7.6/10
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243 user 83 critic

The Piano (1993)

A mute woman is sent to 1850s New Zealand along with her young daughter and prized piano for an arranged marriage to a wealthy landowner, but is soon lusted after by a local worker on the plantation.

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Writer:

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2,207 ( 164)

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ON DISC
Won 3 Oscars. Another 57 wins & 42 nominations. See more awards »

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Cast

Cast overview, first billed only:
...
Ada
...
...
...
Kerry Walker ...
Aunt Morag
Geneviève Lemon ...
Nessie (as Genevieve Lemon)
Tungia Baker ...
Hira
...
Reverend
Peter Dennett ...
Head Seaman
Te Whatanui Skipwith ...
Chief Nihe
Pete Smith ...
Hone
...
Blind Piano Tuner
...
Mana
Carla Rupuha ...
Heni (Mission Girl)
Mahina Tunui ...
Mere (Mission Girl)
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Storyline

It is the mid-nineteenth century. Ada is a mute who has a young daughter, Flora. In an arranged marriage she leaves her native Scotland accompanied by her daughter and her beloved piano. Life in the rugged forests of New Zealand's North Island is not all she may have imagined and nor is her relationship with her new husband Stewart. She suffers torment and loss when Stewart sells her piano to a neighbour, George. Ada learns from George that she may earn back her piano by giving him piano lessons, but only with certain other conditions attached. At first Ada despises George but slowly their relationship is transformed and this propels them into a dire situation. Written by Patrick Dominick <ptd@ccadfa.cc.adfa.oz.au>

Plot Summary | Plot Synopsis

Genres:

Drama | Music | Romance

Motion Picture Rating (MPAA)

Rated R for moments of extremely graphic sexuality | See all certifications »

Parents Guide:

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Details

Official Sites:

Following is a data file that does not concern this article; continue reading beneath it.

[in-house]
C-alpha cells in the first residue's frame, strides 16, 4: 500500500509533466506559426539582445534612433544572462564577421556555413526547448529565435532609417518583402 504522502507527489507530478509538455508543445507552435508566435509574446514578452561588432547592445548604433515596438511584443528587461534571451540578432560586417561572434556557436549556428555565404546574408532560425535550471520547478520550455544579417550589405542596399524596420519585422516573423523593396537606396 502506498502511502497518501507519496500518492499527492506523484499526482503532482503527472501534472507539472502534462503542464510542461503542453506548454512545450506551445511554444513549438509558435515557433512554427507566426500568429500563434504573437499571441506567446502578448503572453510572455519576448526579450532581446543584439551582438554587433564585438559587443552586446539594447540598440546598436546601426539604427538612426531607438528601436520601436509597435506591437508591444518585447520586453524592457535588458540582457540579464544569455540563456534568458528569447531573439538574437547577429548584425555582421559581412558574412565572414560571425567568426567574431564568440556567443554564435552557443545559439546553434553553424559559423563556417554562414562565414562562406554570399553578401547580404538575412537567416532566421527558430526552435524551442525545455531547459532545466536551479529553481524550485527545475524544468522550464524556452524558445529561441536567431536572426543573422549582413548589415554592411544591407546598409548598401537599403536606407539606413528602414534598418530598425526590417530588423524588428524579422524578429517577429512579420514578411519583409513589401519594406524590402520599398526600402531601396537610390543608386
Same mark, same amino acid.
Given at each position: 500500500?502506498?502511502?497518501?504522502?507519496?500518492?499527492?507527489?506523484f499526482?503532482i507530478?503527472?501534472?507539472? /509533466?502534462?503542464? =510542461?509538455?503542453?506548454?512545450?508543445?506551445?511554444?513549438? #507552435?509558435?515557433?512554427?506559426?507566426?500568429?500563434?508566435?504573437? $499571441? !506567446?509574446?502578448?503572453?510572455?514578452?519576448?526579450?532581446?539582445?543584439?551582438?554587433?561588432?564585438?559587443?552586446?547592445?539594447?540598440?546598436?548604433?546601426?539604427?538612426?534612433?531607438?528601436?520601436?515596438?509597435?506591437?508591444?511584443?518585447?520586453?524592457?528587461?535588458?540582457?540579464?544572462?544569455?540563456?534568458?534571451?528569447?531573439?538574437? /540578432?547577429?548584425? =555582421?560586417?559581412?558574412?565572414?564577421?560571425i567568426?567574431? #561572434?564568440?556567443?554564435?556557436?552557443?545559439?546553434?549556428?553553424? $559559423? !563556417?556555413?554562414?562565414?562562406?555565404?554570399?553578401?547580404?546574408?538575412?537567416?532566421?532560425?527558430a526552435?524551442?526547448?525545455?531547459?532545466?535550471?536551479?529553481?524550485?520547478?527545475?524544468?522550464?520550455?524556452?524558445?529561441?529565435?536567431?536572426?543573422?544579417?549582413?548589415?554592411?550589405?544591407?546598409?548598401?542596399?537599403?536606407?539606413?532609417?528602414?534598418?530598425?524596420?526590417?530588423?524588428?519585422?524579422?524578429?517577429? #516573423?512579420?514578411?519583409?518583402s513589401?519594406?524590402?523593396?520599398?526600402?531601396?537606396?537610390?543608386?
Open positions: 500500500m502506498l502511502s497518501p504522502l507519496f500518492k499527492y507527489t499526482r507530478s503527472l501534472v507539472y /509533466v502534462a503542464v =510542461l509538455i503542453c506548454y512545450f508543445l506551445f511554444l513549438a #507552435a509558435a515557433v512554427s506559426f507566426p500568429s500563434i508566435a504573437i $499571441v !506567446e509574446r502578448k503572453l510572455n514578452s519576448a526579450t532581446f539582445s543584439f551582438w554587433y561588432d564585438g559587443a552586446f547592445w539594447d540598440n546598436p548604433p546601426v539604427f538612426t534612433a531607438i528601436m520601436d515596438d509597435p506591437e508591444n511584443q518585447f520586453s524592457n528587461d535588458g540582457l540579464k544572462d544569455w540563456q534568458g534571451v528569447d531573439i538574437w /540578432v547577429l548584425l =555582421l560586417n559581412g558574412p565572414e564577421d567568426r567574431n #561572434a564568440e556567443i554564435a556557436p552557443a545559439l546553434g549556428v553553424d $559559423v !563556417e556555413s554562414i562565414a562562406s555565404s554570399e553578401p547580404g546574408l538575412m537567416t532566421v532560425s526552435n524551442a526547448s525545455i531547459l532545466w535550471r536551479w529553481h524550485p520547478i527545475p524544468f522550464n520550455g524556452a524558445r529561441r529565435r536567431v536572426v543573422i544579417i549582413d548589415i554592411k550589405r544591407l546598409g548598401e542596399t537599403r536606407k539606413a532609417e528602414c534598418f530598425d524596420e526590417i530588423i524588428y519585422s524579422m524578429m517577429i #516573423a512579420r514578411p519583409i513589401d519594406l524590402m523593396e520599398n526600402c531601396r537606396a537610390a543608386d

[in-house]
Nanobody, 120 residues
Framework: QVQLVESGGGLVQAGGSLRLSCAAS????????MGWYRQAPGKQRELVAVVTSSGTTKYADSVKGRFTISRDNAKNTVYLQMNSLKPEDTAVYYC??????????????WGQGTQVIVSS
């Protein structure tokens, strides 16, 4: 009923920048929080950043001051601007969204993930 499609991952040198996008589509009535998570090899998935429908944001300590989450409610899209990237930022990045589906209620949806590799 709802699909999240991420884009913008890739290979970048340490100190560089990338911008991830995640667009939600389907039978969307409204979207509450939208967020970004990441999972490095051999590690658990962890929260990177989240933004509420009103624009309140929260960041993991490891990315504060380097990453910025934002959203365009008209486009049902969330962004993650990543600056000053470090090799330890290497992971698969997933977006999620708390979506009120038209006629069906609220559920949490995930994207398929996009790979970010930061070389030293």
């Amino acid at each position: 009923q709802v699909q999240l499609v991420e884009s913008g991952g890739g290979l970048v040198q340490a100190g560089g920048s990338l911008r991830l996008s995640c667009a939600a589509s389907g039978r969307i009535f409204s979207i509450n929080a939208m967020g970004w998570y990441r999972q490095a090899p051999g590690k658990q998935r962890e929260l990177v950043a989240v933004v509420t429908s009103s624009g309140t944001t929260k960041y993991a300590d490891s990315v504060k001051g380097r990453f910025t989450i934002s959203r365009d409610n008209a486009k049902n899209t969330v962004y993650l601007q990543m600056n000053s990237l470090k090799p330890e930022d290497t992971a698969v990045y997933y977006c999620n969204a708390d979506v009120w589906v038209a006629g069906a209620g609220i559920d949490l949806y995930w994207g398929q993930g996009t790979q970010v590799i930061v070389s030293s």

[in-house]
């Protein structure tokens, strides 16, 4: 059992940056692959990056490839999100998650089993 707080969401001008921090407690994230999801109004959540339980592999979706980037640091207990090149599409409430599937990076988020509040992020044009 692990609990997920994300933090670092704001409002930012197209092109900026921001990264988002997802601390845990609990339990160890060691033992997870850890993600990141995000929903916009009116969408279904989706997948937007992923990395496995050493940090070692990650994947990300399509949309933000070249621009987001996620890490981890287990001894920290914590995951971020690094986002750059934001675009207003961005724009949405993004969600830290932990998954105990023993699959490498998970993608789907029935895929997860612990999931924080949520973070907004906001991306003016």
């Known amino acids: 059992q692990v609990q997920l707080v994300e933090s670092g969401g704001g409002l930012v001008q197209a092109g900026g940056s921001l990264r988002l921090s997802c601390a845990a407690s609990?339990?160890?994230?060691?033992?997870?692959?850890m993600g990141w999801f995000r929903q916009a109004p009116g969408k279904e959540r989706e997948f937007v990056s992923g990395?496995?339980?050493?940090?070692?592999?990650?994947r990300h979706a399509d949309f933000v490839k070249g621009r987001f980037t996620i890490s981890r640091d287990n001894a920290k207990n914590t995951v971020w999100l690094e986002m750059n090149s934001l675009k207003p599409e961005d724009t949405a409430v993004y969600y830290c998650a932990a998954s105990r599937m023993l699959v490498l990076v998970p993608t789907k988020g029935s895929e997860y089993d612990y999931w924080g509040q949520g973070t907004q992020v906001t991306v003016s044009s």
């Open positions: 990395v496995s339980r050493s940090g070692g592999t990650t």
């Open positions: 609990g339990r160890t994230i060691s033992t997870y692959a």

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Release Date:

11 February 1994 (USA)  »

Also Known As:

Piano  »

Filming Locations:

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Box Office

Budget:

$7,000,000 (estimated)

Opening Weekend:

£2,301,338 (UK) (10 December 1993)

Gross:

$40,158,000 (USA)
 »

Company Credits

Show detailed on  »

Technical Specs

Runtime:

Sound Mix:

| (Dolby 5.1)

Color:

(Eastmancolor)

Aspect Ratio:

1.85 : 1
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Did You Know?

Trivia

Included among the "1001 Movies You Must See Before You Die", edited by Steven Schneider. See more »

Goofs

Pianos of the period portrayed in the film were made almost entirely of wood, no metal framing at all, and the piano would therefore float, not sink. See more »

Quotes

[first lines]
Ada: The voice you hear is not my speaking voice - -but my mind's voice. I have not spoken since I was six years old. No one knows why - -not even me. My father says it is a dark talent, and the day I take it into my head to stop breathing will be my last. Today he married me to a man I have not yet met. Soon my daughter and I shall join him in his own country. My husband writes that my muteness does not bother him - and hark this! He says, "God loves dumb creatures, so why not I?" '...
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Connections

Featured in Indie Sex: Censored (2007) See more »

Soundtracks

All Imperfect Things
Michael Nyman
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Frequently Asked Questions

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User Reviews

 
Hopefully the nadir of antipodean film
7 August 2000 | by (London) – See all my reviews

The Piano is the prime, shining example of how a film may win great critical acclaim by combining a politically correct theme with an esoteric subject matter, despite having almost no other redeeming features. With the single exception of the rather beautiful (and genuinely allegorical) opening image of the Piano itself, sitting incongruously on a New Zealand beach, the film has nothing new, challenging or remotely entertaining (heaven forbid!) to offer. Holly Hunter's heroine's silence is a ludicrously contrived conceit, presumedly invented by Campion to force down her unfortunate audience's throats the notion that the most eloquent form of communication in this film is through music; I think we could have worked that out without it being so unsubtly pinpointed. As for the actual plot - well, it creaks and groans with so many improbabilities, anachronisms and eye-rollingly obvious symbolic gestures that this viewer was left puzzling, mouth agape, that even the most sympathetic critic could consider it anything better than embarrassing. I know it won universal acclaim at the time and remains a favourite for many, but the reasons remain entirely beyond me. It deserves 1 point for the image mentioned above, but no more.


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